Ian Bailey faces new extradition bid after murder conviction
French judges find him guilty of killing Sophie
Journalist Ian Bailey faces the prospect of a new arrest warrant seeking his extradition after being found guilty by a French criminal court of the murder of Sophie Toscan du Plantier in west Cork in 1996.
A panel of three judges in the Parisian Cour d'Assises handed down a 25-year custodial sentence, with a demand for compensation to come.
The judges also recommended a new warrant be issued for Mr Bailey's arrest - although Irish courts have rejected two previous extradition warrants from the French authorities, the latest in 2017.
Ms du Plantier's family said they were very happy with the verdict.
Speaking outside court, Pierre-Louis Baudey-Vignaud, Sophie's son, said: "The judgement is very clear - with all the elements of proof, Ian Bailey is a murderer and he killed my mother 22 years ago.
"It's a victory for justice. It's a victory for the truth and now Ireland has to extradite Ian Bailey and we will put on all the pressure to get justice done.
"Justice has been said and now justice has to be done - in France or in Ireland - but today everybody must understand that Ian Bailey is a murderer."
He continued: "I have a real emotion for mother and the truth is very important for us, for her and all the people who lived around this monster."
Sophie's best friend Agnes Thomas said: "We are very happy. This day has finally come and the truth has been said."
Mr Bailey (62) has consistently denied the charges, and has taken libel and defamation cases against the media and the Garda in the past to try to clear his name.
He was tried in absentia during the five-day case, but if he is arrested on the back of the new warrant, then yesterday's verdict would be declared "null and void" and the same court will be called on to try him again in person.
Public prosecutor Jean-Pierre Bonthoux said Mr Bailey's absence - and that of his legal team - was a form of "cowardice", and criticised him for using the media to defend himself.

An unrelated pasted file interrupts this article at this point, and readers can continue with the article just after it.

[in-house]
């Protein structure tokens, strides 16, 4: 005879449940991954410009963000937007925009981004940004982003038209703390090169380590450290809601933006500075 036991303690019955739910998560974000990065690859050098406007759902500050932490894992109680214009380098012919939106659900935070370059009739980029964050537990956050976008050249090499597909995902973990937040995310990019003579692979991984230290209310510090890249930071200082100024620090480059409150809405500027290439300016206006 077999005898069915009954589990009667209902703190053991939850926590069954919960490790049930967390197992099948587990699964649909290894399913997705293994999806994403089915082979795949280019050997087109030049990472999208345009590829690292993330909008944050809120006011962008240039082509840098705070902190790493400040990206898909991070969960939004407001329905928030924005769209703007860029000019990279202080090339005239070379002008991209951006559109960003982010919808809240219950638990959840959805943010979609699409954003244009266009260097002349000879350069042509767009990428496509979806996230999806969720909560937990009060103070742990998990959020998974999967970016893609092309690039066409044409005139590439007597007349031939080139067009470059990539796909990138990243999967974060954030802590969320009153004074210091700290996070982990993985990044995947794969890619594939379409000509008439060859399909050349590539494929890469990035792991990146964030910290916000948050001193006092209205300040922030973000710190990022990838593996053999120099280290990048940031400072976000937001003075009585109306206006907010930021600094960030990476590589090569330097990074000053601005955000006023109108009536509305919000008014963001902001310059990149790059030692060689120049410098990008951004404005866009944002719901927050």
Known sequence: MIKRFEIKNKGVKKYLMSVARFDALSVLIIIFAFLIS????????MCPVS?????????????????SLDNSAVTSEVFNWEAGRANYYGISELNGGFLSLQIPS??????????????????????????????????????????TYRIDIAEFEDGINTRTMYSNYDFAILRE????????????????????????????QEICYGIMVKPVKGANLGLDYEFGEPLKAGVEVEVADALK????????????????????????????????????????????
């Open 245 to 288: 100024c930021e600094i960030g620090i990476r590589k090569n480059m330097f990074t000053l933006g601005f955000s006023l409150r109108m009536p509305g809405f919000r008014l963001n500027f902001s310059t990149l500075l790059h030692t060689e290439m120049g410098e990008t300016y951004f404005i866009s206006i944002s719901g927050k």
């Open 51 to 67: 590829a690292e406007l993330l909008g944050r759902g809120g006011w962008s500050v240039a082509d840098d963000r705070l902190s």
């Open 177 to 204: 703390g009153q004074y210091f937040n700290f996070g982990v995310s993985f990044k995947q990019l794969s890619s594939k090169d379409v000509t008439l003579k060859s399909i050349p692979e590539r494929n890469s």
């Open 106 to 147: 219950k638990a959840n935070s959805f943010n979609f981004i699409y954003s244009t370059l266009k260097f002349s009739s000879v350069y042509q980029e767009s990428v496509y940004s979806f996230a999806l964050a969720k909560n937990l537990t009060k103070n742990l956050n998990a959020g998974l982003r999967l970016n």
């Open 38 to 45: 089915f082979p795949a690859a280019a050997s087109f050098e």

"He's not here but he really is here," Mr Bonthoux told the court. "He responds via the media, via his previous lawyer, his current lawyer, his future lawyers, his future ex-lawyers," he said. "It would be laughable if it weren't so tragic."
The gruesome details of the murder were rehashed several times over the week, a process that visibly upset the family of the 39-year-old French filmmaker. Her father bowed his head when the judge went through the physical evidence again yesterday, and her son cradled his head in his hands as he listened.
The case was taken by Ms du Plantier's family, through the French courts, after the Irish Director of Public Prosecutions decided not to pursue a case against Mr Bailey due to a lack of evidence.
Ms du Plantier's son, Pierre-Louis Baudey Vignaud (38), said some of the original press reports on the case had been "insulting" to her memory.
After deliberating for five hours, presiding judge Frédérique Aline returned the verdict, recapping the details of what she described as an "extremely violent" murder.
Police believe Ms du Plantier was beaten to death with a stone or breeze block, near her holiday home in Toormore, Co Cork, on the night of December 22-23, 1996.
Her body was found at the side of a small road leading to up to her house and police believe she had ended up there after fleeing an attacker who had called to her home late that night.
Judge Aline said that, due to the violence of the crime, it was "undeniable" that Ms du Plantier had been killed with "homicidal intent".